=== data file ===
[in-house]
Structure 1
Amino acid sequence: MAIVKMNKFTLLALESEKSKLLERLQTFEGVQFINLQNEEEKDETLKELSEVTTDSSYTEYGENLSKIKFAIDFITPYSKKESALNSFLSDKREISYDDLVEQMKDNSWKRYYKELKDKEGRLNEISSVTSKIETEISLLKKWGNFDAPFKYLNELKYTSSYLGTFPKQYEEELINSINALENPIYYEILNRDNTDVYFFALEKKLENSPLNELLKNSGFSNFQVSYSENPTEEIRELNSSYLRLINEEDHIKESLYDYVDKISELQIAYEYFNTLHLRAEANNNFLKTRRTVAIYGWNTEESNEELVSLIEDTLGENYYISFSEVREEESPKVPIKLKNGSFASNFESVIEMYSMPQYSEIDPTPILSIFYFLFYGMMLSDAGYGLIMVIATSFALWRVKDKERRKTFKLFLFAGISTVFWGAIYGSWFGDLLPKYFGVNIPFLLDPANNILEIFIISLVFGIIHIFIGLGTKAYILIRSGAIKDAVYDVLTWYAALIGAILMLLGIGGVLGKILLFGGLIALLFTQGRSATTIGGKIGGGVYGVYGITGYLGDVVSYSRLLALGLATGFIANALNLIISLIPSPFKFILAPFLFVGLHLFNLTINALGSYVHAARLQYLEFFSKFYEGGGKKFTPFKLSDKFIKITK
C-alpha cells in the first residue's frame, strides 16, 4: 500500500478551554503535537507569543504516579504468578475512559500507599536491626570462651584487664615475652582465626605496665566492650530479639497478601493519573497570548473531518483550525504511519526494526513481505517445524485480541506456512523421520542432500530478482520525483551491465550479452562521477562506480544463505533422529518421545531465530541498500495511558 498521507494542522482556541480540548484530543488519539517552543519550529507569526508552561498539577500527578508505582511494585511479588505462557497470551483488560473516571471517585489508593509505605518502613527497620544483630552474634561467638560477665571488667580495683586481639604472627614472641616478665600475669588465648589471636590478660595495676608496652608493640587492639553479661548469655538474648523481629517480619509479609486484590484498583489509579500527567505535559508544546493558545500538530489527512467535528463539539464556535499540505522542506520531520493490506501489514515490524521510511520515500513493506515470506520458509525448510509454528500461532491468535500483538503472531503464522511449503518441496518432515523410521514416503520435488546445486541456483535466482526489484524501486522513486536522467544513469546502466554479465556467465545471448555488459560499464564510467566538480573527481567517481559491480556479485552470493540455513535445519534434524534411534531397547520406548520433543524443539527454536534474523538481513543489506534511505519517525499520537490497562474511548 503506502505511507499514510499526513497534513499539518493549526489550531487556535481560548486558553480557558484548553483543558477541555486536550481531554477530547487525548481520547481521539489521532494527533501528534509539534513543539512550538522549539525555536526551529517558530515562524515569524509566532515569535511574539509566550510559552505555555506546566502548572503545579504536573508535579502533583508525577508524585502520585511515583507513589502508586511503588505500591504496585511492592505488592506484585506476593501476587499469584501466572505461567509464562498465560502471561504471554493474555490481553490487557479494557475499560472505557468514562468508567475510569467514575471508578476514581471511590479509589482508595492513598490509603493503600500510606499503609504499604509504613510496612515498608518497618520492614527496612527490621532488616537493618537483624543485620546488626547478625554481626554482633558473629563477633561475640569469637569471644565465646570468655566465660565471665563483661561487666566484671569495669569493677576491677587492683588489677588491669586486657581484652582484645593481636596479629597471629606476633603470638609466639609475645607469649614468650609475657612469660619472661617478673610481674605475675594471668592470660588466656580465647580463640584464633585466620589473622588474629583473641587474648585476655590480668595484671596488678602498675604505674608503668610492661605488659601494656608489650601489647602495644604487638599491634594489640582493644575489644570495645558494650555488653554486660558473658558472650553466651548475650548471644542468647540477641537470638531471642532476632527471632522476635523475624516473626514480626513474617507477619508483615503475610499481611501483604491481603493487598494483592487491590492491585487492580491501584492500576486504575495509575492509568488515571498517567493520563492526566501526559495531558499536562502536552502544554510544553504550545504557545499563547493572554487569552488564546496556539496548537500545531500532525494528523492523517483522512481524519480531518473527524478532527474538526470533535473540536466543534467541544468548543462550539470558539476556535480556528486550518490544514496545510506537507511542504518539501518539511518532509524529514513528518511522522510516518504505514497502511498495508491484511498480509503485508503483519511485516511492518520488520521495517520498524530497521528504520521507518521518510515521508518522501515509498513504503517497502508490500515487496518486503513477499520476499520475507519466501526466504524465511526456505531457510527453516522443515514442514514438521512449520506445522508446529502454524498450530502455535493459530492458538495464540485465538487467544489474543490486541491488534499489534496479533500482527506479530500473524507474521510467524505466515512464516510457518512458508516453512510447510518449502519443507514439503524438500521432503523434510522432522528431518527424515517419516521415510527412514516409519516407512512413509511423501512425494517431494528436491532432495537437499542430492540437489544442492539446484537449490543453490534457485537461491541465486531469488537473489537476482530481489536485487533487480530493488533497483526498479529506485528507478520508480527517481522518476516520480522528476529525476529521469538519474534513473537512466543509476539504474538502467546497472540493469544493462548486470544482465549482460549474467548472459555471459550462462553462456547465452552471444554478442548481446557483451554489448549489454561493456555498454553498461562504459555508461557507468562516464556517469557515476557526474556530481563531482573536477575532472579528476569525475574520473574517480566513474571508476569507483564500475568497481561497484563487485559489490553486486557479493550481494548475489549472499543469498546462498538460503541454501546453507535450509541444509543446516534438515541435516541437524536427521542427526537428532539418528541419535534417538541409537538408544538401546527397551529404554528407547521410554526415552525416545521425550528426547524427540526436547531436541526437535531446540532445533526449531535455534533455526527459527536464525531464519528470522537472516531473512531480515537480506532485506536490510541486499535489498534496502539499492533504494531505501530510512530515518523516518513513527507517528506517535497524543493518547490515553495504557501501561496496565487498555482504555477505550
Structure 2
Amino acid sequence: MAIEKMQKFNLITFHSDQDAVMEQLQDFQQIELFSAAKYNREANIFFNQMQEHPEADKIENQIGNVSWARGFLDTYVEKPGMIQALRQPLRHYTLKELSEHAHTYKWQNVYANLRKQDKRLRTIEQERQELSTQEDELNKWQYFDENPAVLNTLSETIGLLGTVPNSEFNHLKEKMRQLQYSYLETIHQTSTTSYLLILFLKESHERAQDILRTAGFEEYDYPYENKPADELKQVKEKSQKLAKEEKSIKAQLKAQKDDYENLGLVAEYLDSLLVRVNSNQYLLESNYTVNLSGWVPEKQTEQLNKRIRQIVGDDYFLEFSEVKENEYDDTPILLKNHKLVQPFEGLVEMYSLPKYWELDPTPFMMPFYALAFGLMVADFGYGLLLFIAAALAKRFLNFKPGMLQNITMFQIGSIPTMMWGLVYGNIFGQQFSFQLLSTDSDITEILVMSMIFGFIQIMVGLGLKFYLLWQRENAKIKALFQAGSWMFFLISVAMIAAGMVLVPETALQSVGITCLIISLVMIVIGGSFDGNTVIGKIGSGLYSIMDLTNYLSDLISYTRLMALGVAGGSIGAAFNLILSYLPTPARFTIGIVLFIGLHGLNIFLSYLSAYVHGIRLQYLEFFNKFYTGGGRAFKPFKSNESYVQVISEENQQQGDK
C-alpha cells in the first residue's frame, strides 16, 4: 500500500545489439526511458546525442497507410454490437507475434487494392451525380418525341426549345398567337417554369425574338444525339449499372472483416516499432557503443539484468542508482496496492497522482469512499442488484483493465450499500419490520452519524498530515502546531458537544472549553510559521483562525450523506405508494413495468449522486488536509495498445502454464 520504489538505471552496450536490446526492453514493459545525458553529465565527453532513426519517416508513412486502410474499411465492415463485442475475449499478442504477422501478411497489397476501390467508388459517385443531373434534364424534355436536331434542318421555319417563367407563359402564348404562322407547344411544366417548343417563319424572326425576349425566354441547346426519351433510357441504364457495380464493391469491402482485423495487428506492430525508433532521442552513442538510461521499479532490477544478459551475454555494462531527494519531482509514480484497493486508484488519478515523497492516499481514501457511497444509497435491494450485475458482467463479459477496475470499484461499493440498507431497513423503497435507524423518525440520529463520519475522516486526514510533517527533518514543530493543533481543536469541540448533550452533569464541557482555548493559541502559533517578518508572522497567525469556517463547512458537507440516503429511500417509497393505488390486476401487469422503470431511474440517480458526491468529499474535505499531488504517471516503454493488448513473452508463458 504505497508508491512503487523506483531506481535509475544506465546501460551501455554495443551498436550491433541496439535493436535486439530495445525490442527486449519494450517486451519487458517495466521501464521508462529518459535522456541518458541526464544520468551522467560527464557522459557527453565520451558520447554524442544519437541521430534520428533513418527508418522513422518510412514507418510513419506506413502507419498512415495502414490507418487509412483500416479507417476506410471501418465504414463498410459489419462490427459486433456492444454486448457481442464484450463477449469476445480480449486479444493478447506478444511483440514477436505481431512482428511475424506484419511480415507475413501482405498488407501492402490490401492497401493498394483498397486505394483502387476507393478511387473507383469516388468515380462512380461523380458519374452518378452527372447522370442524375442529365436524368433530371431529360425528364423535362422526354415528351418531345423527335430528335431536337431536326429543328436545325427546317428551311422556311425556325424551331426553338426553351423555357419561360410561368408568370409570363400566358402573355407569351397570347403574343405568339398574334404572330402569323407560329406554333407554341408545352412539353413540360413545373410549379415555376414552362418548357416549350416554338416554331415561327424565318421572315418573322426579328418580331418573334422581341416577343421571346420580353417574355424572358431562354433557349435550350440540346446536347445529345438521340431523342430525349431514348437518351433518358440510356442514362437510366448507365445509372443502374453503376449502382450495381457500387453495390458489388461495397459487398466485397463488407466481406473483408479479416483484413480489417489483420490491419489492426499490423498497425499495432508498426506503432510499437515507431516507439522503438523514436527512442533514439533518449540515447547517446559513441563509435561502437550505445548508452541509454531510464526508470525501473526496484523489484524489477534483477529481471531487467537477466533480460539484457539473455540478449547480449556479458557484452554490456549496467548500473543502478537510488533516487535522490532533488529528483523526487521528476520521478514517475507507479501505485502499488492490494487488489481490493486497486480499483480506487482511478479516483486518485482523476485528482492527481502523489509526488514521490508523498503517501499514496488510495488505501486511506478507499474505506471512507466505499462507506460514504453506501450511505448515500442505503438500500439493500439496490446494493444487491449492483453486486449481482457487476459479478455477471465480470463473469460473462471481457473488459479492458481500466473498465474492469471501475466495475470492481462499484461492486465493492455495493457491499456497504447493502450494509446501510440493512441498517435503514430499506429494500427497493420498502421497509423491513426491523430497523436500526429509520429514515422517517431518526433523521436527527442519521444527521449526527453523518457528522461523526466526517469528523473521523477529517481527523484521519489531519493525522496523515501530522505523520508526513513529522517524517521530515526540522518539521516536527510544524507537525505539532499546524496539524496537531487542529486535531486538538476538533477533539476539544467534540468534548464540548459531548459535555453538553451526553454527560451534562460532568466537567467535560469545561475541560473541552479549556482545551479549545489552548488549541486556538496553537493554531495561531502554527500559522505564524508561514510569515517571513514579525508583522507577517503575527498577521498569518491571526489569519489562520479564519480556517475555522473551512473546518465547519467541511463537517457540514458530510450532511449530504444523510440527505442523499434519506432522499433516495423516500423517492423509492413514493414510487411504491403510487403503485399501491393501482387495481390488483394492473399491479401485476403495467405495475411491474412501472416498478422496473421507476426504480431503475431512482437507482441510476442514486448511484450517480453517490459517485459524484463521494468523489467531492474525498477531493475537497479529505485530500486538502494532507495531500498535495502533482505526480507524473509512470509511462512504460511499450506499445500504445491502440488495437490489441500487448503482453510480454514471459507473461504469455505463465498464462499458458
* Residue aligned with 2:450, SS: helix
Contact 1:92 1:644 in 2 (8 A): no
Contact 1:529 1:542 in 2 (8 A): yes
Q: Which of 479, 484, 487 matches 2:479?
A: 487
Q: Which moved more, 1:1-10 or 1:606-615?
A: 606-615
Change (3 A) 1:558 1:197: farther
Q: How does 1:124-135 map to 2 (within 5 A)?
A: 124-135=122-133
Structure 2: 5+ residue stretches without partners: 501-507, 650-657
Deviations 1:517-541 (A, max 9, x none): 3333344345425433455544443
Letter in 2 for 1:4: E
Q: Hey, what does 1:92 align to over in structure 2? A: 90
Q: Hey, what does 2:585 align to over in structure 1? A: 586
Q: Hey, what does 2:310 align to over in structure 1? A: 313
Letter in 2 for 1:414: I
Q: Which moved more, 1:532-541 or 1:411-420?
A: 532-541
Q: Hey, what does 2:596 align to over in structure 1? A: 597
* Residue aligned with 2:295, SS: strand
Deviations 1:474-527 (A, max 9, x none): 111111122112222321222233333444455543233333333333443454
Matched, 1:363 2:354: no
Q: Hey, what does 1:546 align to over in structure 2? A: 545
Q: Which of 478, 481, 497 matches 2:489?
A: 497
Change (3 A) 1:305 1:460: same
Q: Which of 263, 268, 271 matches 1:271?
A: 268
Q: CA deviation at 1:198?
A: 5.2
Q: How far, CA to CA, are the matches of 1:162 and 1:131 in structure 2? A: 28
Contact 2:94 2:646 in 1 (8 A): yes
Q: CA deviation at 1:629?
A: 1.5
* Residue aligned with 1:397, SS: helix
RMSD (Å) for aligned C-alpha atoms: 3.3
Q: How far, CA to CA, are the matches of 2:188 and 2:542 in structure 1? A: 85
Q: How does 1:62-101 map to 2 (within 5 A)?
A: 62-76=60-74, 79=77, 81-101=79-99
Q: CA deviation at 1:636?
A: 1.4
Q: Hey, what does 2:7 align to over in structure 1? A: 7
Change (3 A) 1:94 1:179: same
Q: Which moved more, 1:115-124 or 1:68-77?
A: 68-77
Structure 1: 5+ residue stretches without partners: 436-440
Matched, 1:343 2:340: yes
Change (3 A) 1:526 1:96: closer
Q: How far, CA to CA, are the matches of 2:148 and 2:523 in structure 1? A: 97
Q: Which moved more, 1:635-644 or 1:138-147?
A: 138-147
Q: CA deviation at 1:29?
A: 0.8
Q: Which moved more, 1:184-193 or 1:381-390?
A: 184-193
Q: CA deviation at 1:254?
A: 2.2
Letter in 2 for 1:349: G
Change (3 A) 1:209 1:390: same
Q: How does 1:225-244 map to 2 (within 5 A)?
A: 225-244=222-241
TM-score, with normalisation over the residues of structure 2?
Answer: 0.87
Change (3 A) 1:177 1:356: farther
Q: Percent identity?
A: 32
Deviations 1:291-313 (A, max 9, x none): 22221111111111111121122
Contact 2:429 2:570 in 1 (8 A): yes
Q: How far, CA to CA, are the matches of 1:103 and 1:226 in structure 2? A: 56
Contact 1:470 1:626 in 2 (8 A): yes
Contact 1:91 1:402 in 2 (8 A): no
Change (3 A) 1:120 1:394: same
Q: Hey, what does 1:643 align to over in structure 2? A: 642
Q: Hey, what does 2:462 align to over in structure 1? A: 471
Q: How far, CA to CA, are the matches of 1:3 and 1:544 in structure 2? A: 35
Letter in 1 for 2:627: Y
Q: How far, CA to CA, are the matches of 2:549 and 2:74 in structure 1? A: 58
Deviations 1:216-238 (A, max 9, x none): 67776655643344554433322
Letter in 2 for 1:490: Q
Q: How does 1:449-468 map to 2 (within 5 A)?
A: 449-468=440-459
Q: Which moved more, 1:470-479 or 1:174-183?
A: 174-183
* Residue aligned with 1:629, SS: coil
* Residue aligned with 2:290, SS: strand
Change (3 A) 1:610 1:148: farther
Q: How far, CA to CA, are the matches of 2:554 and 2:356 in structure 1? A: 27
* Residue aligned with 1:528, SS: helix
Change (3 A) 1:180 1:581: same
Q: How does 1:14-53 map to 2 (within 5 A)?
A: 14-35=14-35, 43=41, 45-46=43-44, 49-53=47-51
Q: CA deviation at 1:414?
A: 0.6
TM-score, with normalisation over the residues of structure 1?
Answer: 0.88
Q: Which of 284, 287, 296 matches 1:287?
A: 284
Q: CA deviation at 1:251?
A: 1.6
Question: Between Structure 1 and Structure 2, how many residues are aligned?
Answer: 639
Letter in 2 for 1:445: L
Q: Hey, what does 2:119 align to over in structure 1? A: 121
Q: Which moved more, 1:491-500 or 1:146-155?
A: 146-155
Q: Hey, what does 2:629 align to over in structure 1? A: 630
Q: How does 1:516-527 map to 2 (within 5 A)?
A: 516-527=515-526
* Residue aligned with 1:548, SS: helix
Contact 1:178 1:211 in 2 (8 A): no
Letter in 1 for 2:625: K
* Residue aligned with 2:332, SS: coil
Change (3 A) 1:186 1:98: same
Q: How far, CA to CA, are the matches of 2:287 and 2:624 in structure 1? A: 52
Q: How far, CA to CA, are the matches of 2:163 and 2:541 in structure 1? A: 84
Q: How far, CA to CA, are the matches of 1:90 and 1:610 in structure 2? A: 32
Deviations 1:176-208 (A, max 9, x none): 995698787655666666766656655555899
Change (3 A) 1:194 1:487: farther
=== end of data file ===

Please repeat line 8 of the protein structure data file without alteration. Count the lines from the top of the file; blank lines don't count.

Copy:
* Residue aligned with 2:450, SS: helix